Uniquely Offshore

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With free zones proliferating around the Middle East, Ras al-Khaimah is adding new dimensions to differentiate its zone from the competition.



On September 17, Ras al-Khaimah announced that it will establish the International Companies Registry, an offshore centre dedicated to providing a tax haven for foreign capital. Under the new initiative, companies will be able to register offshore companies in Ras al-Khaimah Free Trade Zone (RAKFTZ) without the need to establish a physical presence - a rarity in the UAE.



Officials at RAKFTZ said that they have already started screening agents, which will be responsible for overseeing the registry of offshore entities, and they plan to inaugurate the offshore centre by October 1.



"This is a great step forward for us in our ambitious plan to make the free trade zone one of the best in the region with diversified investment vehicle opportunities. The scheme will help businessmen and investors to develop new business models", said Oussama El Omari, CEO for RAKFTZ at a seminar for UAE business representatives.



RAKFTZ expects that "around 10 entities" will be incorporated in the coming month, and they will be "mostly asset management companies." Although the offshore companies will be part of the RAKFTZ, they will not be able to conduct business within the zone or within the UAE.



One of benefits of Ras al-Khaimah's centre is its flexibility. At the time of their incorporation, offshore entities will be able to choose which legal system - such as US or UK - they will follow. Officials say this will eliminate concerns over certain UAE ownership legislation, which does not provide clear inheritance rights for foreigners.



The centre will also allow international companies to own properties designated for freehold in the UAE.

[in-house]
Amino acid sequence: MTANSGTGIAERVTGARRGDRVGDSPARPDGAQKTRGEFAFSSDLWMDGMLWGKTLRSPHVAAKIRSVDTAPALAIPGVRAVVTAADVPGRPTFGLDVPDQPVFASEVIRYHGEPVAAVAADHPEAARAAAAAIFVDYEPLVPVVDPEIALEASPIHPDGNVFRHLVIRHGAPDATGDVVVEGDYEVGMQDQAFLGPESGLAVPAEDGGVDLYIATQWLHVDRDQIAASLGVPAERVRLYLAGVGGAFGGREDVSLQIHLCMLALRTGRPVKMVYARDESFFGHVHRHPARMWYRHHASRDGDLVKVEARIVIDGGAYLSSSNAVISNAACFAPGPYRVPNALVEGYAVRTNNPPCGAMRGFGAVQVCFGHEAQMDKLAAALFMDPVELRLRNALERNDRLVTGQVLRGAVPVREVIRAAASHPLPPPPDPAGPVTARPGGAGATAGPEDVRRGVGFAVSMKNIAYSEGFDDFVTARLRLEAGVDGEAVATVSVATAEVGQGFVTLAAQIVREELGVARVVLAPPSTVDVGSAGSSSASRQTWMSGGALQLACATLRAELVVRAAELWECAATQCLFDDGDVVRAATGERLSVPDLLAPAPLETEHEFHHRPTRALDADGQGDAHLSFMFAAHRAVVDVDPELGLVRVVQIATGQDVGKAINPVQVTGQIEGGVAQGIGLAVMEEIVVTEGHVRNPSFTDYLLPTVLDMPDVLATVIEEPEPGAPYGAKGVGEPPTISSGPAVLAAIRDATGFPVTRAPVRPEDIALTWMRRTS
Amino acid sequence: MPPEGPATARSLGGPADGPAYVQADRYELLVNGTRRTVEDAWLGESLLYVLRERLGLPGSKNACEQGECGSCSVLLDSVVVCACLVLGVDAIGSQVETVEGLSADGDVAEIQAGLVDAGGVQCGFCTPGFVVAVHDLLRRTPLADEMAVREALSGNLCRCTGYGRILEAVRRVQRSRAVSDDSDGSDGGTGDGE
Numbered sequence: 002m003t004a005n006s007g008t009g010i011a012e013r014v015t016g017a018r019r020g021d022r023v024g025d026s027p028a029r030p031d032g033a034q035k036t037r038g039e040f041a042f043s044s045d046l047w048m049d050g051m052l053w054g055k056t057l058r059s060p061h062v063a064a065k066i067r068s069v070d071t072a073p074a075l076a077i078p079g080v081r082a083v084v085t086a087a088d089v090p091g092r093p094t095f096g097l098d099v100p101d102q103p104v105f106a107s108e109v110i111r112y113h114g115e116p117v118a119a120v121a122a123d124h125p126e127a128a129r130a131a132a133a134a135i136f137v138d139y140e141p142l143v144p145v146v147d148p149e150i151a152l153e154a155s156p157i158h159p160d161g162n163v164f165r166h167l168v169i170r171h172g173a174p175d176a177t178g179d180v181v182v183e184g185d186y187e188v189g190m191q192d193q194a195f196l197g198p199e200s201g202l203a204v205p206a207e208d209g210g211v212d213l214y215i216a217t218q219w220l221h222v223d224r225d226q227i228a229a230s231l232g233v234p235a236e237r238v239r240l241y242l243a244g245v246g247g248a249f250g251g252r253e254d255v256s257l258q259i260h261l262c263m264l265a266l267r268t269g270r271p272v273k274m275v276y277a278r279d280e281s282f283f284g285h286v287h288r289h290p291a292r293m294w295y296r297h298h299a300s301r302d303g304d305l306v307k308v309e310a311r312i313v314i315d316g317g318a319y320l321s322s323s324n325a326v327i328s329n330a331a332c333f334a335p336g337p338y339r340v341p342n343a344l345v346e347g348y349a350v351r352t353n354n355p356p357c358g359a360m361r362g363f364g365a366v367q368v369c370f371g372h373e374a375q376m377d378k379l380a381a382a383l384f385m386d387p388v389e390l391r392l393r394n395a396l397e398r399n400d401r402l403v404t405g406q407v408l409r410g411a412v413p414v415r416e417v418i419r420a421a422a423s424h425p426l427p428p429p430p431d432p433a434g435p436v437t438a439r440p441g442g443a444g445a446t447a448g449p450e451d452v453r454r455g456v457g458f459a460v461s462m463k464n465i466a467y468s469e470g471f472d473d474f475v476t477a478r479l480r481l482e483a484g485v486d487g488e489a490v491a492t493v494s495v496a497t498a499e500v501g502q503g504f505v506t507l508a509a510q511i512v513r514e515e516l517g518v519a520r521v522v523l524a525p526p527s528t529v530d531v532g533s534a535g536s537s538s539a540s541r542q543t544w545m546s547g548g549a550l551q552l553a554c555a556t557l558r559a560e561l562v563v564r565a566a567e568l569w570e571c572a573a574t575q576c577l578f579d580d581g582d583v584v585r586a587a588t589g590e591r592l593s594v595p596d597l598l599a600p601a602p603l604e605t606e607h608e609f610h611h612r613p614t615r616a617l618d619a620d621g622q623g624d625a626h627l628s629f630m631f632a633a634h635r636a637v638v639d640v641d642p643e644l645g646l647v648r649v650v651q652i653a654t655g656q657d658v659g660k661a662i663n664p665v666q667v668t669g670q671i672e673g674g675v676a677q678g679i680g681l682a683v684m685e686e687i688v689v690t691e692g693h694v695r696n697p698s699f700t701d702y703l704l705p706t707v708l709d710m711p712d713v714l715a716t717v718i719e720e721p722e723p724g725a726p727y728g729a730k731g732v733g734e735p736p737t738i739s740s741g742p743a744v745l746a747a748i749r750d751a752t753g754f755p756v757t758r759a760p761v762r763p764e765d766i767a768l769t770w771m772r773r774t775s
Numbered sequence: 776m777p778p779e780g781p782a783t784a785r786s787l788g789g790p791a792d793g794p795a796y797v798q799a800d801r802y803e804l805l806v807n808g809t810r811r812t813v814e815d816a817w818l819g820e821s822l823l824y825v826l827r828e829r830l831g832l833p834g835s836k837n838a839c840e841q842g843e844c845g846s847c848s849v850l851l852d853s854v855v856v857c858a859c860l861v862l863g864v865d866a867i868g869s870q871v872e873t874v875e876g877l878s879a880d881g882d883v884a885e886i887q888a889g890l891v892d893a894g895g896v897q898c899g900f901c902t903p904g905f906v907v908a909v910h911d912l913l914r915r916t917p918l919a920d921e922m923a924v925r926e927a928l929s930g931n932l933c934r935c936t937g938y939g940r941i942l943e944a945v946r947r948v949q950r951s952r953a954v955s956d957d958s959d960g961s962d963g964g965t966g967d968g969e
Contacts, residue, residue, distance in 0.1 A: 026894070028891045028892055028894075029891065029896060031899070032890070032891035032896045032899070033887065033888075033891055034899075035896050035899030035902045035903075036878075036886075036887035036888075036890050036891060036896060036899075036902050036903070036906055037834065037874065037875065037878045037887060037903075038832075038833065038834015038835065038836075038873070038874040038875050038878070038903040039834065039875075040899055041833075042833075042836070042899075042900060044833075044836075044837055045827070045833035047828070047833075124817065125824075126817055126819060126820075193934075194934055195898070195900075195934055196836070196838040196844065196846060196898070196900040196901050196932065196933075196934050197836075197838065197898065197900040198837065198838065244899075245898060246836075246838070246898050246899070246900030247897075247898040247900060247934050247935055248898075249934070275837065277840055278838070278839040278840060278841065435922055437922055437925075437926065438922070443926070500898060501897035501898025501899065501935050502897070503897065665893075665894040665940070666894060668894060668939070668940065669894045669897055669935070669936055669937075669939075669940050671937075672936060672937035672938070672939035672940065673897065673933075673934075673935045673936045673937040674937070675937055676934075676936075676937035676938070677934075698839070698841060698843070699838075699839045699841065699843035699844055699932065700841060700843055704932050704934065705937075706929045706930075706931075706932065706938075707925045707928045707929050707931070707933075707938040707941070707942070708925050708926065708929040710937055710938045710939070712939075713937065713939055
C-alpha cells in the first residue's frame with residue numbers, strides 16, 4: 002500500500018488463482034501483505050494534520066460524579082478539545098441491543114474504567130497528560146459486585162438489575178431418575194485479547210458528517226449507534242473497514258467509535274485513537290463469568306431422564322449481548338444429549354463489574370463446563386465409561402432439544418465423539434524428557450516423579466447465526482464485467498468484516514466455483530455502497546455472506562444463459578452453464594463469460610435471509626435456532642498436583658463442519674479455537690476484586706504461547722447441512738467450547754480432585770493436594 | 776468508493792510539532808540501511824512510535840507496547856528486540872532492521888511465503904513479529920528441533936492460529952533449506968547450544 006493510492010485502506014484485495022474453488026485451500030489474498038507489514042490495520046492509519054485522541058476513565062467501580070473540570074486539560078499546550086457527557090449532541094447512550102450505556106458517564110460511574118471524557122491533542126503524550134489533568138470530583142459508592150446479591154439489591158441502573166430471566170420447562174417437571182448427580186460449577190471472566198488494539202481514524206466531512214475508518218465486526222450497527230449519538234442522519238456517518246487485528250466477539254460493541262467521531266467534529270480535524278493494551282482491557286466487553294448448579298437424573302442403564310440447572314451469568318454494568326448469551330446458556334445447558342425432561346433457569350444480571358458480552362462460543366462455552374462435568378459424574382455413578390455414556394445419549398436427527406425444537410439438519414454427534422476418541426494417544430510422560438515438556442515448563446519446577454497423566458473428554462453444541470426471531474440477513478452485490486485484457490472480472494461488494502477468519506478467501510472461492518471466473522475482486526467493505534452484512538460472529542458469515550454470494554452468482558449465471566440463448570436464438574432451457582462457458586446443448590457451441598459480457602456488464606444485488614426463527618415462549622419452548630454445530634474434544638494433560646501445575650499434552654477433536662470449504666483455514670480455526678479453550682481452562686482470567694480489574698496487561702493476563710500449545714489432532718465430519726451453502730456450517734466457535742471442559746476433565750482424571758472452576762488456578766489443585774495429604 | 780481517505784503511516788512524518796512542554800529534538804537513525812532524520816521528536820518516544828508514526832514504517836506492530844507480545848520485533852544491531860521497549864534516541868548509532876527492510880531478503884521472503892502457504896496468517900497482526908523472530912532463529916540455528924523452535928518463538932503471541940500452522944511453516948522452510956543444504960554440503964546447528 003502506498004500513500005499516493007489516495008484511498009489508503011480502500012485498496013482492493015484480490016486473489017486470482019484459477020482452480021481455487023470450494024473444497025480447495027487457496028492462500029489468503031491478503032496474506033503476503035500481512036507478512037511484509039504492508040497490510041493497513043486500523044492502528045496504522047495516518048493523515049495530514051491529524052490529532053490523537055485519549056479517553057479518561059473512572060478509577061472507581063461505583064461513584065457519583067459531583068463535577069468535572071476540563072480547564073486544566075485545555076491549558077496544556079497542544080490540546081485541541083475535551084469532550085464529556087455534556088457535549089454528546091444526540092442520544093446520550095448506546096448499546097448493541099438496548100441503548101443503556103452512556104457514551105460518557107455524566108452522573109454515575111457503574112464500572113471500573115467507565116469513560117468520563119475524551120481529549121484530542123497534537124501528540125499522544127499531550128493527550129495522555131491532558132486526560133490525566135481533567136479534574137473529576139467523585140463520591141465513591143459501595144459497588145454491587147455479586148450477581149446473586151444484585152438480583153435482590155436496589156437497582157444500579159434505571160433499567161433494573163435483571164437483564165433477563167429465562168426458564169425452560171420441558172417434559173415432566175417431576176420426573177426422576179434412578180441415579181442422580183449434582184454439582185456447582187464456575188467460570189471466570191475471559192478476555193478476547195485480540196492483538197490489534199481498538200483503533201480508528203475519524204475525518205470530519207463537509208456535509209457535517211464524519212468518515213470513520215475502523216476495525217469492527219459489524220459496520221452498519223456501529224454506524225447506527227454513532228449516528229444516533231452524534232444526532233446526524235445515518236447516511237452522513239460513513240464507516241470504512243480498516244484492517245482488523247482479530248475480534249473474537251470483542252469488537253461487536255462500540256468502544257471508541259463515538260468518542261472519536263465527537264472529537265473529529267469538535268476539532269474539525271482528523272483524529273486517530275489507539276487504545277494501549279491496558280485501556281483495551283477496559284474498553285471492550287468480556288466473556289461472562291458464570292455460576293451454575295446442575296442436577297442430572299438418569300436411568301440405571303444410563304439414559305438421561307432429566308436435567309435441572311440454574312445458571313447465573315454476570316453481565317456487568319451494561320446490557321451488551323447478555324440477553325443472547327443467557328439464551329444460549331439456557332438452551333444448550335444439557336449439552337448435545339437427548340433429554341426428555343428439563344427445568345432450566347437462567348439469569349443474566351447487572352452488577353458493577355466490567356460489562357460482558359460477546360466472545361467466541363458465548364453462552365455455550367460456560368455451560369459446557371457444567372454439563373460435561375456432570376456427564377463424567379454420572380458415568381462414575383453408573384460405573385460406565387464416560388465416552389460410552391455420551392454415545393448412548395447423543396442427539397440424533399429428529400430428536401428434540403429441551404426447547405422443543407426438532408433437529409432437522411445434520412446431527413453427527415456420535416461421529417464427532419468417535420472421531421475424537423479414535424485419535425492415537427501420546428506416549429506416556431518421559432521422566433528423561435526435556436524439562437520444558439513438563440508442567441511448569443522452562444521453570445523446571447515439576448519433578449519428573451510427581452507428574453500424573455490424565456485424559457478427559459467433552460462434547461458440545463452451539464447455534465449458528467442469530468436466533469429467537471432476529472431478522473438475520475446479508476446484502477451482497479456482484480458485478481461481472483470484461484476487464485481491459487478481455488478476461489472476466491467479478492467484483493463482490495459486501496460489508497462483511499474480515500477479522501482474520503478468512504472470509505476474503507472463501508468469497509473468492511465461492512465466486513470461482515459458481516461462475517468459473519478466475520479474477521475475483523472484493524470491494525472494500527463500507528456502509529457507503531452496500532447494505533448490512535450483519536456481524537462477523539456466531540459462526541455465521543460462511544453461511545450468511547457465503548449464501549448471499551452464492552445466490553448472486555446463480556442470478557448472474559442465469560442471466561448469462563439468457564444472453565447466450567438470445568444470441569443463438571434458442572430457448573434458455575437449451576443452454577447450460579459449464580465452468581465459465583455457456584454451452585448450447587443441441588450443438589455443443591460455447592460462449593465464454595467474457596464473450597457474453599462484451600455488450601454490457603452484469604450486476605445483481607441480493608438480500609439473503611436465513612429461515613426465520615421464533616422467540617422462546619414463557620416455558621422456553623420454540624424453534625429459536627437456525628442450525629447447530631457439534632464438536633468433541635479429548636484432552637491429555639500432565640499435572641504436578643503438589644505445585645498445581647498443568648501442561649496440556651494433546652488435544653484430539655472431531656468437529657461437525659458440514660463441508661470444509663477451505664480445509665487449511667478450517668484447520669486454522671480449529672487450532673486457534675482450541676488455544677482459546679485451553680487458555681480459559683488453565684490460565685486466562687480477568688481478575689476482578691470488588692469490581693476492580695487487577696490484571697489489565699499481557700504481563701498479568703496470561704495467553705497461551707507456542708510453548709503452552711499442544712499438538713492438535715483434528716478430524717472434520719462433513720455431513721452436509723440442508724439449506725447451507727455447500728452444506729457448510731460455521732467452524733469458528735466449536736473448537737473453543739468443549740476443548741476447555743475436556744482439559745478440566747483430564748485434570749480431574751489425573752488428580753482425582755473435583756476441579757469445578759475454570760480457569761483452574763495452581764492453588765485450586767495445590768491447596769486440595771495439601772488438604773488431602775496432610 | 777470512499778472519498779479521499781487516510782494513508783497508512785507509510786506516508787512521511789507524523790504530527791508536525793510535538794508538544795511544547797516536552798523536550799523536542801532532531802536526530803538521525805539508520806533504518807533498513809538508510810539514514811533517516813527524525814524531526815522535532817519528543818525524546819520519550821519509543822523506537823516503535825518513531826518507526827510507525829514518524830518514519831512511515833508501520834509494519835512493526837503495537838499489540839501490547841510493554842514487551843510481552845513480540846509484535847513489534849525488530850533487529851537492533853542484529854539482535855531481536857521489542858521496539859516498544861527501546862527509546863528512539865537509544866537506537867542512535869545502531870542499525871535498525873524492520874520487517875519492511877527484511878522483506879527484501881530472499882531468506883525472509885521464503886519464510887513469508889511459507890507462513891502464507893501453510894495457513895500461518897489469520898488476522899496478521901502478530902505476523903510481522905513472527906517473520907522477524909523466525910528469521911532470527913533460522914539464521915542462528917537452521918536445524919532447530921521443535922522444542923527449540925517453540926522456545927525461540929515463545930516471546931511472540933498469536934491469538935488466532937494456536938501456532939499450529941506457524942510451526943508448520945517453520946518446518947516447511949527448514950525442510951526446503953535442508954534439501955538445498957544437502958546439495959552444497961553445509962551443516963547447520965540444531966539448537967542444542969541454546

Ras al-Khaimah, however, is not the first emirate to set up offshoring opportunities. In 2003, Dubai established the Jebel Ali Offshore centre, which has successfully attracted hundreds of companies.



But RAKFTZ insists that their particular offshoring capabilities make them stand apart. "There are no other centres in the Middle East with our features," said Johnson George, manager legal department for RAKFTZ.



He points out that Ras al-Khaimah offshore companies will not be required to hold annual meetings or submit audited financial reports - two minimum standards of Jebel
Ali Offshore centre. RAK offshore entities can have only one director, while Dubai mandates two.



The costs, which are Dh2000 ($544) to establish a company with a Dh1500 ($408) renewal fee, are also considerably lower than other centres.



One of the challenges Ras al-Khaimah will face is finalising the regulatory environment. As a tax-free country and a destination for large amounts of foreign capital, the UAE has had a tough time shaking allegations that its shores are a place for money laundering.



Addressing this issue El Omari told the local press, "We are appointing three top international law firms to make sure that all these companies that are registering in this programme follow international law and anti-money laundering requirements."



Officials note they are very carefully selecting agents to be sure they are capable of safeguarding the offshore centre's reputation. The September 17 conference was in part a platform for RAKFTZ to make public their desire for top UAE-based law firms to become involved in the regulatory process.



The development of a more diverse range of investment options only give momentum to the free zone, which has been growing in leaps and bounds since its establishment. It has watched its customer base climb from 30 companies in 2000 to over 2100 in 2006.



In the coming years, RAKFTZ knows that the competition in the UAE - and in the region - is only going to increase, so it realises it must continue to roll out initiatives to catch the eye of investors.



From its International Companies Registry initiative, officials at the free zone appear committed to keep the focus on the customers, even if that means overstepping their traditional responsibilities.



As El Omari says, "We have created a millennium free zone, we are really changing the definition. Because now the free zone concept is no longer you register a company, you give them space and that is enough. [Clients] really want you to help them expand; they want you to be their partners."

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